I met Gary 40 years ago. I don’t think either of us ever imagined we would pick the other as friends. Our commonality – having worked together for a while and special connection with his wife Pia who I’d also worked with, that blossomed when my daughter Krista was admitted to hospital where Pia worked. First ever asthma-attack at age 2½. Our connection took another turn a few years later when Pia died leaving Gary to raise a 1 yr. old. From that point, he grew to become someone I was so proud to call friend – and our friendship grew.
No way to forecast or know how – to predict or orchestrate them, but there must be magic in it.
Politically correct to say ‘don’t judge’, but when picking people to be close to, to bring as close as your closest friends or family, we have the right to judge who we will or won’t risk with, who we will or won’t open our mind to, who we will or won’t open our arms to.
Sometimes – don’t give up, give it time.
Sometimes, judge them – and run away, as far and fast as you can.
And, sometimes, set that judgment aside. Take some time to see if they grow on you – maybe like a fungus, maybe like a best friend ever.
I used to think it was trusting ‘gut feelings’.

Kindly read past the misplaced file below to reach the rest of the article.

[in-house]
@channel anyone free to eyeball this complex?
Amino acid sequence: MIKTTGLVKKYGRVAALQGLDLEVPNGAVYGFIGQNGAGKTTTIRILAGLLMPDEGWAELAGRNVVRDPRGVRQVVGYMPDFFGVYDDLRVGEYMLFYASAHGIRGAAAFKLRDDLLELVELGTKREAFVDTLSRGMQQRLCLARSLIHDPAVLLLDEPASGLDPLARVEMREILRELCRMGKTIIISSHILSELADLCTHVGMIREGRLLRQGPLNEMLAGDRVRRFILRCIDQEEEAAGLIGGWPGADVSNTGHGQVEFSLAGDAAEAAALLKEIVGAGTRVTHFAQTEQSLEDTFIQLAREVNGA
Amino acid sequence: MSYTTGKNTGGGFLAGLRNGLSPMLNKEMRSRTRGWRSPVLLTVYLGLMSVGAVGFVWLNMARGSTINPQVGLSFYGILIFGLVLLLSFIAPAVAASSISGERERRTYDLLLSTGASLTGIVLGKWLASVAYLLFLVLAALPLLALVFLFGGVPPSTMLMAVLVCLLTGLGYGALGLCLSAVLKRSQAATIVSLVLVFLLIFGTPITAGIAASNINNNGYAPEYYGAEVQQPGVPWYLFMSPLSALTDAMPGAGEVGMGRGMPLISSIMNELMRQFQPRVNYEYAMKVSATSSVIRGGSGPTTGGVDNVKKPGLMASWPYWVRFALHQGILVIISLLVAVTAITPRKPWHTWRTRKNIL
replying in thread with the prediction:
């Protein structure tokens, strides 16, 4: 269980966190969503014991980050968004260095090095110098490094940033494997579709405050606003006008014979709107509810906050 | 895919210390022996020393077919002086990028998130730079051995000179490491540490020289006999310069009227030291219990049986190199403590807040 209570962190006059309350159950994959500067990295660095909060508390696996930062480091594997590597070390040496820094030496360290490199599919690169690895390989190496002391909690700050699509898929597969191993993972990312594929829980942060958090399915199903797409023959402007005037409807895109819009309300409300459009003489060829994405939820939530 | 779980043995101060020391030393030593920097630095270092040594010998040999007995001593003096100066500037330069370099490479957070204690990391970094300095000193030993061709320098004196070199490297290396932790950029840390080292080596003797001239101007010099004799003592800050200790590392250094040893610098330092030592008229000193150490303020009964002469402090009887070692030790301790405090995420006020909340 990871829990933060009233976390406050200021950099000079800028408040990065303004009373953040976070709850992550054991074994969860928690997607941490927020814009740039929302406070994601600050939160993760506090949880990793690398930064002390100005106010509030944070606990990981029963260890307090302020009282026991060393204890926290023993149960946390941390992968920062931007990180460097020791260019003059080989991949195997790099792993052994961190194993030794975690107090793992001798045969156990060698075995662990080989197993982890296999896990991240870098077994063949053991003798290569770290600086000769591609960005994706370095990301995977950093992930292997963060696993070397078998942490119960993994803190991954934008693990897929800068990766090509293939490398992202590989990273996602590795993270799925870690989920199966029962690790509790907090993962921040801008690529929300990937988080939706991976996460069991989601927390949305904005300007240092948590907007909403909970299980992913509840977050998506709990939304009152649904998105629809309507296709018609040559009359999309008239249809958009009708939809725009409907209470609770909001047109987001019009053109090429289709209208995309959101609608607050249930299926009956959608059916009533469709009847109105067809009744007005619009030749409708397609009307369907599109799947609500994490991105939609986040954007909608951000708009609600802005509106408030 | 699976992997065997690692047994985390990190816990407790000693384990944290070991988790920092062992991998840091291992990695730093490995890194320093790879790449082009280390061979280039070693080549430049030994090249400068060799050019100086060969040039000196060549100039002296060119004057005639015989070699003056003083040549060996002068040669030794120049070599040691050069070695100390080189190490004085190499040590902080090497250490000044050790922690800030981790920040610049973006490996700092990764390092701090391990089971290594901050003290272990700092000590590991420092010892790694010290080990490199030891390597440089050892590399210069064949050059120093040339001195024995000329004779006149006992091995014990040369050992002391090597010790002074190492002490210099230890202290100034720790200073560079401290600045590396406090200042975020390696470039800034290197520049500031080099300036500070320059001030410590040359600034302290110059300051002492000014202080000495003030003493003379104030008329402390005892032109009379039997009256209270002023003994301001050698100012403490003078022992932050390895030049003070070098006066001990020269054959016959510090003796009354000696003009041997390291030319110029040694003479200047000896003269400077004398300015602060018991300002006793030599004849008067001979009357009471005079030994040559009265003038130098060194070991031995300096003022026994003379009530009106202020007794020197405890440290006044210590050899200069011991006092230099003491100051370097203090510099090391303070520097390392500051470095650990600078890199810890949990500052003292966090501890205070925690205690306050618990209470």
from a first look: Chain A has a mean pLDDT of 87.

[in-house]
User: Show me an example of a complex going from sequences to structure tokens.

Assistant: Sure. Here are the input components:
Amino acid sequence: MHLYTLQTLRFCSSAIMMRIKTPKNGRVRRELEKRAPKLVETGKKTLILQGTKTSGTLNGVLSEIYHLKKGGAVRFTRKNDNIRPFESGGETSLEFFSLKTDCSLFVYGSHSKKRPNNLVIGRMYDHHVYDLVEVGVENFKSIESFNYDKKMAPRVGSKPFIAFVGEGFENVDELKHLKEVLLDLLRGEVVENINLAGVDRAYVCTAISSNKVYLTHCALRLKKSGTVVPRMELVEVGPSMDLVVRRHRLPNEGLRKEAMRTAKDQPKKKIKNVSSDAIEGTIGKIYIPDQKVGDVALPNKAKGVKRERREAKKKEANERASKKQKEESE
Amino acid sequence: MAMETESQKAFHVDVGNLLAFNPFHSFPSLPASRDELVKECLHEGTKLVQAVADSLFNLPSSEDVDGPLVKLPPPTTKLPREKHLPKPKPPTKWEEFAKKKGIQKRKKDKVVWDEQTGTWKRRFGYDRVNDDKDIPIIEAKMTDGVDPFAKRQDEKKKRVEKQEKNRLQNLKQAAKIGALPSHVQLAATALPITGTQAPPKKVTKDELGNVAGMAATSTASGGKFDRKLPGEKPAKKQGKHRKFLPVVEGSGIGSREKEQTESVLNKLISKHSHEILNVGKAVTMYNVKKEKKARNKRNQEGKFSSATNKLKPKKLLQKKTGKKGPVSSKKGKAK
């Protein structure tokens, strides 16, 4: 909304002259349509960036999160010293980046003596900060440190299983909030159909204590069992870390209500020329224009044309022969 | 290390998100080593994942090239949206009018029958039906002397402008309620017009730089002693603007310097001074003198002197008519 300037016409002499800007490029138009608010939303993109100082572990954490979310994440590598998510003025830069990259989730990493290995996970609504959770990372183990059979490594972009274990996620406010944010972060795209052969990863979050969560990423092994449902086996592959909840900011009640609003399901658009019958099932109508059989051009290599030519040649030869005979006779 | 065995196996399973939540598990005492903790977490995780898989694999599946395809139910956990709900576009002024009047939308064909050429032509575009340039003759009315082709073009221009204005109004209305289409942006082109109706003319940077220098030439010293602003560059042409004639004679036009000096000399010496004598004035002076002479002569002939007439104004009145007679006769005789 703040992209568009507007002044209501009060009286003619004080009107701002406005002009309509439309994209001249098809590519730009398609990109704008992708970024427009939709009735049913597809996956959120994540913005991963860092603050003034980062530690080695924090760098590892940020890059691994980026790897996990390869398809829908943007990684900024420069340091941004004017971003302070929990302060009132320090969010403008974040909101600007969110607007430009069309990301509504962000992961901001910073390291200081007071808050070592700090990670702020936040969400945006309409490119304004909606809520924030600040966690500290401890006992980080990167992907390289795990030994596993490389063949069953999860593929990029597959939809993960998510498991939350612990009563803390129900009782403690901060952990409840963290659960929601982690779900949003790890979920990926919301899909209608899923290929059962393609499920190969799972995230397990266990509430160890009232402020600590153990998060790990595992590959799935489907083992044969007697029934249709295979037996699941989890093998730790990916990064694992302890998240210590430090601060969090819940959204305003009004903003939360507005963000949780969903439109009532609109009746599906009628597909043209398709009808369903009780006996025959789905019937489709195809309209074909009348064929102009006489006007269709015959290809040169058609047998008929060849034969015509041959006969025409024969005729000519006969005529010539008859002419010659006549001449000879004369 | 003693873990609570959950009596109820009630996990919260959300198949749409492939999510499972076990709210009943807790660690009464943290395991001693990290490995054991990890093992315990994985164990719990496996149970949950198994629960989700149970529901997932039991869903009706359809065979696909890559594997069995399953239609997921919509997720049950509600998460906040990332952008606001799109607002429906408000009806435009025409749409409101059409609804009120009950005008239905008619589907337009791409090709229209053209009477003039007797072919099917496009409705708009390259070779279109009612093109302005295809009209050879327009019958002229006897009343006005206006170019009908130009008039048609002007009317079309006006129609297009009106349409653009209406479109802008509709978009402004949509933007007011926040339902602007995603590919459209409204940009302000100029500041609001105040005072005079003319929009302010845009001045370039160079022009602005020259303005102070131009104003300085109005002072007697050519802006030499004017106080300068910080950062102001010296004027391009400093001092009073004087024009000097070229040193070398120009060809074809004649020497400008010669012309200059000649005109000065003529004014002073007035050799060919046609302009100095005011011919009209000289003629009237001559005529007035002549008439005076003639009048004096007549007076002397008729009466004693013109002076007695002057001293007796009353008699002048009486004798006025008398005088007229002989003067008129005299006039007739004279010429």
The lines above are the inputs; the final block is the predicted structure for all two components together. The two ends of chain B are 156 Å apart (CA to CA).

If I’d done that, I’d never have become Gary’s friend.
It/he made no sense. For 20 years we were ‘hi how are you?’ in the street acquaintances.
You know those police line-ups?
In movies or TV dramas, a witness picks evil doer out of a lineup.
Imagine all the people you meet, all your acquaintances, in a line up. Could you pick your best friends for life from that lineup? And of the ones you pick, would any of them pick you? OK, now try that with complete strangers. [anyone wishing to make a correlation between those statements and internet dating these days will absolutely know what I mean].
A number of years ago – she was mid 20’s then – Krista asked for some love advice. The questions related to someone she liked, wondering if she was liked in return. My answer was something like “we don’t choose who we love, and we don’t know if love, or that person will choose us”.
It wouldn’t, as she soon learned, be that difficult to find out – sometimes we just need to extend our hand in friendship and it takes care of itself. Sometimes we fail. Sometimes we succeed for a while.